Colloidal aggregation in liquid crystal

Colloidal aggregation in anisotropic liquid crystal solvent

Devika G. Sudha, Jocelyn Ochoa and Linda S. Hirst, Soft Matter (2021)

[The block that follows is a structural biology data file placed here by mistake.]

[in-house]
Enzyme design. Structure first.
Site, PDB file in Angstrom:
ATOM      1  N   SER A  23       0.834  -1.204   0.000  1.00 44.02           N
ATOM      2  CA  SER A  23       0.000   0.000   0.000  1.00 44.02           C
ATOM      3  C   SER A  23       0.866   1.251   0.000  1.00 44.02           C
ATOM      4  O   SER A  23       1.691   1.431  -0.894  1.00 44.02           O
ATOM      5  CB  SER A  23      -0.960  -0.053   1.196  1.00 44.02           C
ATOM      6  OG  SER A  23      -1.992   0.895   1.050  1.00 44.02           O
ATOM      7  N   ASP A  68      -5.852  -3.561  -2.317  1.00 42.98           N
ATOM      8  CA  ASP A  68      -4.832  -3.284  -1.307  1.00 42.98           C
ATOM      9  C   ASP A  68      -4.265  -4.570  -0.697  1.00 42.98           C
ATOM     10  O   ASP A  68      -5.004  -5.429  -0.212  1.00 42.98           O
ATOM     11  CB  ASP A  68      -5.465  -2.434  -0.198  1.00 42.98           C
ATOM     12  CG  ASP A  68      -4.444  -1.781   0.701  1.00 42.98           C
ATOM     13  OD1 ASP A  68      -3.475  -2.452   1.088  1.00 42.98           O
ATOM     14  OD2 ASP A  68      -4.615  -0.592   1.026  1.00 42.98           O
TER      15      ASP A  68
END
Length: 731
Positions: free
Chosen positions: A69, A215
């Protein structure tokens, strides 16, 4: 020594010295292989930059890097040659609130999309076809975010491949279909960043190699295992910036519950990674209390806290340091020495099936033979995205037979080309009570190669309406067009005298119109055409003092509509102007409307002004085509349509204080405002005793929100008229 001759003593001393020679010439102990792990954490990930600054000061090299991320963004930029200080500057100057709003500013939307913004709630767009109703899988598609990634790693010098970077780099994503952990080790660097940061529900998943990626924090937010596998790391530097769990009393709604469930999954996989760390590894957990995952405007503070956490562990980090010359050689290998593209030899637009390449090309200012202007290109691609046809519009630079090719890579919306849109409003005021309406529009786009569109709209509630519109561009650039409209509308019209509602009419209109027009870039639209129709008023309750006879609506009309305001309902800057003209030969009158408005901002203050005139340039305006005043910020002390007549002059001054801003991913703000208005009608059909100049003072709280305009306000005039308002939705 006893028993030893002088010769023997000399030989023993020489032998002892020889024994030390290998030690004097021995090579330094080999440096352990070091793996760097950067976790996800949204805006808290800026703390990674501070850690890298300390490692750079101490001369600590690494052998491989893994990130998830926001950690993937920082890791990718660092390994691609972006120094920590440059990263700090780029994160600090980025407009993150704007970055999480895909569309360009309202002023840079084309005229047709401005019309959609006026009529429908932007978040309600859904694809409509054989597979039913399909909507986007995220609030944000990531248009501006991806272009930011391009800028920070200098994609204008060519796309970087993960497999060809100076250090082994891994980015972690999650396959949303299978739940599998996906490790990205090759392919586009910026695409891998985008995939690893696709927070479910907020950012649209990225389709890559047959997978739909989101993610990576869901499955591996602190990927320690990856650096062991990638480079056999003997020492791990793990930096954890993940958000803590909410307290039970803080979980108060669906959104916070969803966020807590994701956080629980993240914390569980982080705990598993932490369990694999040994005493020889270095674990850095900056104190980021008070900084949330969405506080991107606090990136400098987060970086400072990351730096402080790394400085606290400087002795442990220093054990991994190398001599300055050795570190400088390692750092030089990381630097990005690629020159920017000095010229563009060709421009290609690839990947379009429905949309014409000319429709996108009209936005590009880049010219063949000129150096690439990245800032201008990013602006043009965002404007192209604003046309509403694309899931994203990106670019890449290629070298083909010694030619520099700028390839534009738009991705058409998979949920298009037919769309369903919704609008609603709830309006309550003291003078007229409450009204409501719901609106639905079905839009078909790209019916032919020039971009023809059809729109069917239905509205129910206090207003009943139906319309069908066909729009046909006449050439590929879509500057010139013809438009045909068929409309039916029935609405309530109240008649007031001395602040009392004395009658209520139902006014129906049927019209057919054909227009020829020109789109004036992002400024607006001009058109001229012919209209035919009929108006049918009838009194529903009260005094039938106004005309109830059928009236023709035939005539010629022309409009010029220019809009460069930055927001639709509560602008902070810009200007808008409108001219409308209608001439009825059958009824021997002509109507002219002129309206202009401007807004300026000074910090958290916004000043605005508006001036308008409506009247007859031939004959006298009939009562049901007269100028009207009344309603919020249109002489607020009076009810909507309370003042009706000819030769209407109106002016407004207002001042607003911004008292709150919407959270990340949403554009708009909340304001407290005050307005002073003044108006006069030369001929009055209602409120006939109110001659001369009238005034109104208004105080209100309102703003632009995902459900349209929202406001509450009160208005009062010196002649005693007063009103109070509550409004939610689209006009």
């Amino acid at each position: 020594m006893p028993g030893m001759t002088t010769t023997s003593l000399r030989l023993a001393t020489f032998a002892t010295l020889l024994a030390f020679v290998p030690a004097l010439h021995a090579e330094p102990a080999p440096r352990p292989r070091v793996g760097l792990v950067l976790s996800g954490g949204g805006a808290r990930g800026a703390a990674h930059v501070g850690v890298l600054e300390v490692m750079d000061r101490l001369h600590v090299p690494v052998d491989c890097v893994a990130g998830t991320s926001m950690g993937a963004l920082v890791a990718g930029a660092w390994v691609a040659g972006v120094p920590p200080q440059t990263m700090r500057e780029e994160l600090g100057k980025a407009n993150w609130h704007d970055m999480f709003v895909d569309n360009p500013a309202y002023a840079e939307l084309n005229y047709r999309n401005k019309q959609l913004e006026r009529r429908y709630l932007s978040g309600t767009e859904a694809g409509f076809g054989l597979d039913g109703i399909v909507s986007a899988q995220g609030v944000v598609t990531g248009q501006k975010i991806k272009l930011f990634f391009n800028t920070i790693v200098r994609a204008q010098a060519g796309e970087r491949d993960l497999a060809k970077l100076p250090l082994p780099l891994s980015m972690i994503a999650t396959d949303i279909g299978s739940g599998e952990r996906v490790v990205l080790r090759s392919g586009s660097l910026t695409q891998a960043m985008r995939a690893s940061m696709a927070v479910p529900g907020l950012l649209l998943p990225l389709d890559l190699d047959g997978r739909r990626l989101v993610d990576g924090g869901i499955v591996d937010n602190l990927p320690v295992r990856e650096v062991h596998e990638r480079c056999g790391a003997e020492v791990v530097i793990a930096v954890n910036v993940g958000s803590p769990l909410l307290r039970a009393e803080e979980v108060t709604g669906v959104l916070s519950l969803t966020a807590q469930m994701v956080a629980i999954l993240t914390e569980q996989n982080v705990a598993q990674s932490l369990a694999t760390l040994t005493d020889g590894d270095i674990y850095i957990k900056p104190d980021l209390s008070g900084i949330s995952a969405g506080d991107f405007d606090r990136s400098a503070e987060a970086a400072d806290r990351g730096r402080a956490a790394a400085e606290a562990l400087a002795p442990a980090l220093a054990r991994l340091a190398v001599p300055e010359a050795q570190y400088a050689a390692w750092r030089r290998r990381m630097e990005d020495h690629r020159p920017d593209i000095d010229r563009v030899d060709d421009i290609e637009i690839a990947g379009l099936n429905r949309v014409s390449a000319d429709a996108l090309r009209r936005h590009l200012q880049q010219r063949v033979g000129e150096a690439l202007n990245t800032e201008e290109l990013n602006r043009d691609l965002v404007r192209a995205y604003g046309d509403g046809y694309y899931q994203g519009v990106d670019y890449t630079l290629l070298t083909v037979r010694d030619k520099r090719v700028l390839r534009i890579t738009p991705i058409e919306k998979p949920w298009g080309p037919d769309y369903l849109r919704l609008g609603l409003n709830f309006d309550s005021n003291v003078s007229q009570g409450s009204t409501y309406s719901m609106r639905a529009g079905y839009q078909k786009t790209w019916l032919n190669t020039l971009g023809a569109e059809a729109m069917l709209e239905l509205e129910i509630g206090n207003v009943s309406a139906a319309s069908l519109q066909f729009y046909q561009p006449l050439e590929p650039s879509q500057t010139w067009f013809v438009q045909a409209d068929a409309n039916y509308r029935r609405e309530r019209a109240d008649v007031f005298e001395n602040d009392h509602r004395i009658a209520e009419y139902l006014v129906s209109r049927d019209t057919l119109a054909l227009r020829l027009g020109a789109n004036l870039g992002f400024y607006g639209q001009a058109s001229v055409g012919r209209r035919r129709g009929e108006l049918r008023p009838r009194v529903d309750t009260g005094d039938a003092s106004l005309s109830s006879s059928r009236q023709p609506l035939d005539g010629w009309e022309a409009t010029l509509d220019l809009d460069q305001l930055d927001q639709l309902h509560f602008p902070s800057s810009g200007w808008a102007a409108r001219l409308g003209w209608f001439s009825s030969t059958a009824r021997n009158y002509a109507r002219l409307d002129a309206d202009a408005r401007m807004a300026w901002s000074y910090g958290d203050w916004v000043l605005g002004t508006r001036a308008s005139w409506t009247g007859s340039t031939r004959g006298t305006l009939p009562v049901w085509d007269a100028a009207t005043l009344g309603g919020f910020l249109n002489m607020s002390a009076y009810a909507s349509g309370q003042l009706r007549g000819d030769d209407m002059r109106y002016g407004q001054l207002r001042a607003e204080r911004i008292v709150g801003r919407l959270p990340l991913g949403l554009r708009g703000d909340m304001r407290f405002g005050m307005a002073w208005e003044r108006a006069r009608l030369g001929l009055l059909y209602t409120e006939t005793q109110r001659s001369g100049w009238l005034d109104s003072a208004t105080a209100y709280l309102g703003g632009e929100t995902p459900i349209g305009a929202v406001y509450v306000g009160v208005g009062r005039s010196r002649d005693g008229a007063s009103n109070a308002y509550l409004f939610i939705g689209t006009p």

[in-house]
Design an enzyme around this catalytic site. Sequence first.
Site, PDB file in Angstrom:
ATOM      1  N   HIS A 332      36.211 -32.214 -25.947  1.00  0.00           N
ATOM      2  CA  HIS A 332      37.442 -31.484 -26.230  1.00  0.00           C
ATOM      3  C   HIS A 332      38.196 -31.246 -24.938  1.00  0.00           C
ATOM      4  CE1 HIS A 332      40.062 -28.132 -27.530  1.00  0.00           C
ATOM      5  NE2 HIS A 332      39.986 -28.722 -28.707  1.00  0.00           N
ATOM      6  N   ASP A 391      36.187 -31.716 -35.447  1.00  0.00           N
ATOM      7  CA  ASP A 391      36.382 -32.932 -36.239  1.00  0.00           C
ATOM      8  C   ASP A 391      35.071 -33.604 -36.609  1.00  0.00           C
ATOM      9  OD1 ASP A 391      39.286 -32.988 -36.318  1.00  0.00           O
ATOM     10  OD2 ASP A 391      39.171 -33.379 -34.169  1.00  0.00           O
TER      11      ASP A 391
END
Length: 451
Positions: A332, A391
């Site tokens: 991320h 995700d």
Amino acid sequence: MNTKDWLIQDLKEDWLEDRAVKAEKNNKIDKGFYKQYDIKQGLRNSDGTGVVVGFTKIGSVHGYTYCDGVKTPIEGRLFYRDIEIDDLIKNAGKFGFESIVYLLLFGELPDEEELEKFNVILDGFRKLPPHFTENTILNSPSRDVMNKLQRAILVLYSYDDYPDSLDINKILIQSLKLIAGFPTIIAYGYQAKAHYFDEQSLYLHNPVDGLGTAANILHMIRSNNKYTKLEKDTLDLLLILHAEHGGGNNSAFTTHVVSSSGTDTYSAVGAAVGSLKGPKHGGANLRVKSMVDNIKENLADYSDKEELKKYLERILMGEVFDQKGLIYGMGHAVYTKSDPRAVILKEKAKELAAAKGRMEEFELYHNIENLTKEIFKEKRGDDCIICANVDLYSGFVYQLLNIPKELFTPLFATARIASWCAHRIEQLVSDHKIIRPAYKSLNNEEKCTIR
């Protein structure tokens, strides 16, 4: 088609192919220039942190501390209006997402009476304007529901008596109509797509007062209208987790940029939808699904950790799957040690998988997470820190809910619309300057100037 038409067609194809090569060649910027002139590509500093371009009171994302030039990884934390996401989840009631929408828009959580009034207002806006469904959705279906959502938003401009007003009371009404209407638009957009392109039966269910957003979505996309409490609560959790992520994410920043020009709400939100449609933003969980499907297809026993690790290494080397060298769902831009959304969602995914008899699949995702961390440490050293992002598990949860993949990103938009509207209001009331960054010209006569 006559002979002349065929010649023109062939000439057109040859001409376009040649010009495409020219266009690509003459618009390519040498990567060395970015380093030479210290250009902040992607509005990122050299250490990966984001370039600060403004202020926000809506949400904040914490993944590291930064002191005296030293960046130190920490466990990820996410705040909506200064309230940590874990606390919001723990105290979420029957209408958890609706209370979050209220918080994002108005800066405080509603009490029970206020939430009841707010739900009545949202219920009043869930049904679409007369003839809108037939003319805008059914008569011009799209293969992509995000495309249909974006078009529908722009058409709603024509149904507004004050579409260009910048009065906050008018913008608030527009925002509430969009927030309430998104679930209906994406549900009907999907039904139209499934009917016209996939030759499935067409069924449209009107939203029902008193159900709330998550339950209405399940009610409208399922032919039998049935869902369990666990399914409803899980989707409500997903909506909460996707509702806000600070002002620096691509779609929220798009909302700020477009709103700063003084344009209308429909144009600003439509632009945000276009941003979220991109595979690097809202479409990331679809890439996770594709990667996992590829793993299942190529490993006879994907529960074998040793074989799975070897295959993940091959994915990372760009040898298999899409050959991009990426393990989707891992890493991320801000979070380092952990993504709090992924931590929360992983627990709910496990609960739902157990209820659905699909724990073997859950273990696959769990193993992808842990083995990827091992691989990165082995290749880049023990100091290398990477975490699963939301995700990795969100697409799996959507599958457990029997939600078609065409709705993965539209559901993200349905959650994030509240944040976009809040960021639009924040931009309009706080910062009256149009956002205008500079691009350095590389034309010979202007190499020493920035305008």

The mutual attraction between colloidal particles in an anisotropic fluid, such as the nematic liquid crystal phase, leads to the formation of hierarchical aggregate morphologies distinct from those that tend to form in isotropic fluids. Previously it was difficult to study this aggregation process for a large number of colloids due to the difficulty of achieving a well dispersed initial colloid distribution under good imaging conditions. In this paper, we report the use of a recently developed self-assembling colloidal system to investigate this process. Hollow, micron-scale colloids are formed in situ in the nematic phase and subsequently aggregate to produce fractal structures and colloidal gels, the structures of which are determined by colloid concentration and temperature quench depth through the isotropic to nematic phase transition point. This self-assembling colloidal system provides a unique method to study particle aggregation in liquid crystal over large length scales. We use fluorescence microscopy over a range of length scales to measure aggregate structure as a function of temperature quench depth, observe ageing mechanisms and explore the driving mechanisms in this unique system. Our analyses suggest that aggregate dynamics depend on a combination of Frank elasticity relaxation, spontaneous defect line annihilation and internal aggregate fracturing.